"The standards established by the Secretary should, in particular, specify ambitious goals for practice-based learning and improvement, interpersonal and communication skills, professionalism, and systems-based practice, including integration of community-based care with hospital care."1
I am encouraged that groups like AAMC, MedPAC, and others recognize and support these needs. This demonstrates a recent shift in ideals of physician character and workforce expectations. In the past, the four year academic medical track focused almost entirely on the preparation of physicians that could meet the myriad of pathologic disease. While bedside manner and patient communication were emphasized in this training, left out were business skills, political awareness, health system development, personal leadership, and development of non-technical competencies.
All of this speaks to what I believe – that there is a fundamental difference between developing clinicians for the sole focus of patient care, and developing physicians that have the skills to be both team-members and leaders in the future of health care. Clearly, in the past, academic medicine has focused on the former. The modern health care climate, and the rapid transition of health reform demand attention to the latter. In the future, we need to more fully consider this balance between service and education.
This begs the question - are we developing great clinicians or are we training health care leaders?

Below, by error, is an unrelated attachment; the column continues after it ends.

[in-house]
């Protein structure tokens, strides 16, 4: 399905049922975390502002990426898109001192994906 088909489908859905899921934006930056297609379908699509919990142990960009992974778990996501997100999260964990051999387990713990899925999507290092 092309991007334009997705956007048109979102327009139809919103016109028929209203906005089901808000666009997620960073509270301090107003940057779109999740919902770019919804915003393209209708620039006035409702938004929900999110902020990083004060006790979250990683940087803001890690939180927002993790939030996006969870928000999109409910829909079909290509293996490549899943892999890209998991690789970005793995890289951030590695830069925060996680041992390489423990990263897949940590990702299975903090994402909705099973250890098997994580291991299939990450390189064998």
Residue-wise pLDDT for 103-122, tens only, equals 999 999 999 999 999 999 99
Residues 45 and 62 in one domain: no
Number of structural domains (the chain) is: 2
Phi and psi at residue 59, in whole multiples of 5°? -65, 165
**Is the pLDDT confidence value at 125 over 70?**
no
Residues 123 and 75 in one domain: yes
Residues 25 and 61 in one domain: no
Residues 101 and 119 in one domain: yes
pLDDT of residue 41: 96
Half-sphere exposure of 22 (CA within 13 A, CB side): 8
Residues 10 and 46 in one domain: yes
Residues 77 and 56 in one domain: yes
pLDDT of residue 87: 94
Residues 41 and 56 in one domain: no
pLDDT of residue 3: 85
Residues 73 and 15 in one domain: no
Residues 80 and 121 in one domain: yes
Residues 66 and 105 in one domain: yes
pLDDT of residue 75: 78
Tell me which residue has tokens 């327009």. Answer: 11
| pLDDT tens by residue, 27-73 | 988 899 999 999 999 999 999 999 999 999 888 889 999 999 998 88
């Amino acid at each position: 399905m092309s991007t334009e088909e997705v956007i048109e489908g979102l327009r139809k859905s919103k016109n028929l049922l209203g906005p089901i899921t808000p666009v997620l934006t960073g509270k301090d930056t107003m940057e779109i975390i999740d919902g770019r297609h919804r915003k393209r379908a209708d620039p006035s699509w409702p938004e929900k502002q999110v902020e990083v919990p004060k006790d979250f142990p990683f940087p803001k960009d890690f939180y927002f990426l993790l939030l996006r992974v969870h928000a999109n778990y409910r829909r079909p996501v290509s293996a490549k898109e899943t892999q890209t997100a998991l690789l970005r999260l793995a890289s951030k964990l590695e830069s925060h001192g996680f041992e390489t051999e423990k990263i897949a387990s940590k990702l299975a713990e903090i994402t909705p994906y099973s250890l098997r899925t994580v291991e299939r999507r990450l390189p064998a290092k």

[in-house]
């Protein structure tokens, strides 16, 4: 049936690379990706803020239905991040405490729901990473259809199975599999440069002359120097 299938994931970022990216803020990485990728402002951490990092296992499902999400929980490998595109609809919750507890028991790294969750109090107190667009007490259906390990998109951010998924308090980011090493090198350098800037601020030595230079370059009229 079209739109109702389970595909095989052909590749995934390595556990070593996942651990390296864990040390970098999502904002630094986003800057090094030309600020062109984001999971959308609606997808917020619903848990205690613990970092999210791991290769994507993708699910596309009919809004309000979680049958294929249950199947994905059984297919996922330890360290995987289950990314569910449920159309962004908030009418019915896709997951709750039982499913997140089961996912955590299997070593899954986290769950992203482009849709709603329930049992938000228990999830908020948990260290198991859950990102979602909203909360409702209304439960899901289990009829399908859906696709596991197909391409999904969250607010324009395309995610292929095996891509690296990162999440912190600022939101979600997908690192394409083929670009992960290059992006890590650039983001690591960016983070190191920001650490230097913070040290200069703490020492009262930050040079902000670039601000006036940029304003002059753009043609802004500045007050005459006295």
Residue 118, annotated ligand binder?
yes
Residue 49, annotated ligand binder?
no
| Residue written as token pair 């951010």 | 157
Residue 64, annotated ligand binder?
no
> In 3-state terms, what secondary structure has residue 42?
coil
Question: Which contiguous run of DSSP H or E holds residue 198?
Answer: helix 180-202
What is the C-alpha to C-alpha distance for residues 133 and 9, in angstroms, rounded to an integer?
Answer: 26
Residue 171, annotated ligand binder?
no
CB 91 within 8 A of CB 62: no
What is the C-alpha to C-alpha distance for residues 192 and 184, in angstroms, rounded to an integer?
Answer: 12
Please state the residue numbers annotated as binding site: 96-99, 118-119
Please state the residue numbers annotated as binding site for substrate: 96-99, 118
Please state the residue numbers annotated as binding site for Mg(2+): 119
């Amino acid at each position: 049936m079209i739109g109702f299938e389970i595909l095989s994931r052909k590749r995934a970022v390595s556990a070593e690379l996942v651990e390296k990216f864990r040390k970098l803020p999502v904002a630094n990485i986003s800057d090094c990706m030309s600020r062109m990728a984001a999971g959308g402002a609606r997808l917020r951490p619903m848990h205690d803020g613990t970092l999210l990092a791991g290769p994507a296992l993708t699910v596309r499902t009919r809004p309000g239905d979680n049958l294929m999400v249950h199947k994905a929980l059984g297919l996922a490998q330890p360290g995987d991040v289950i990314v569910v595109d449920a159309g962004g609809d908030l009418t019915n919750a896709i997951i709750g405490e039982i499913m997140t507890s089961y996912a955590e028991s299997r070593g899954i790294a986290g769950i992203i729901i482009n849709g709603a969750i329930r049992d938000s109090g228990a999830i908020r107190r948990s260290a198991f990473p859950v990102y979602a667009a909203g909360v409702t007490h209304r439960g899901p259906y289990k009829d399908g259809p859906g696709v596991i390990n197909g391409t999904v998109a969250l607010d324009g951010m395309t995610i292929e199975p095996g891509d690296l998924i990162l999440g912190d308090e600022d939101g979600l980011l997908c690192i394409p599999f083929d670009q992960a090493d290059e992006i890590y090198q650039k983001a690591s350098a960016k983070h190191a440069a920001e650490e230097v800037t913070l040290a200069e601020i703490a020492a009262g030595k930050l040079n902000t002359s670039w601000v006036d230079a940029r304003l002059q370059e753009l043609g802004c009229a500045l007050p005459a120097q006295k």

Considering this question is absolutely imperative for the success of the future of family medicine. As we look towards advanced systems of health care delivery – the ACOs and PCMHs of the world will hinge their success on the leadership of those family doctors at the center of patient care. Family physicians in these models MUST have strong communication skills, the ability to manage a team, an appreciation for the business of medicine and health system development. Ever increasing political involvement in health care necessitates a comfort with health policy, legislation, and the political process – not to mention advocacy. Single-minded family physicians cannot expect to be efficient and successful providers of care for their patients. And I believe it is up to our academic institutions to encourage development and growth in these areas.
The problem is that I do not necessarily see these characteristics in many of my classmates, or in the residents with whom I train. My colleagues remain content to stick their heads in the proverbial sand for the duration of their medical school and residency years – with the expectation that they will peek out at the end of the hibernation and everything will be perfect. This is largely a product of a medical education and residency structure that encourages these sorts of behaviors. Textbooks, tests, and H&Ps are the name of the game in these outdated models.
We need to continue to encourage efforts like those of the AAMC's and MedPAC. We should embrace medical school projects such as Dartmouth's approach to engaging students in systems development and quality improvement. And we should look to continue to find ways to balance service with education in the longitudinal structure of residency programs. These goals will continue to streamline and advance the process of developing a successful and productive family physician in modern health care. The kind of family doctor that is best for his patients, his community, and his profession.
1. MedPAC Report to Congress, Aligning Incentives in Medicare. June, 2010. Pages 103-125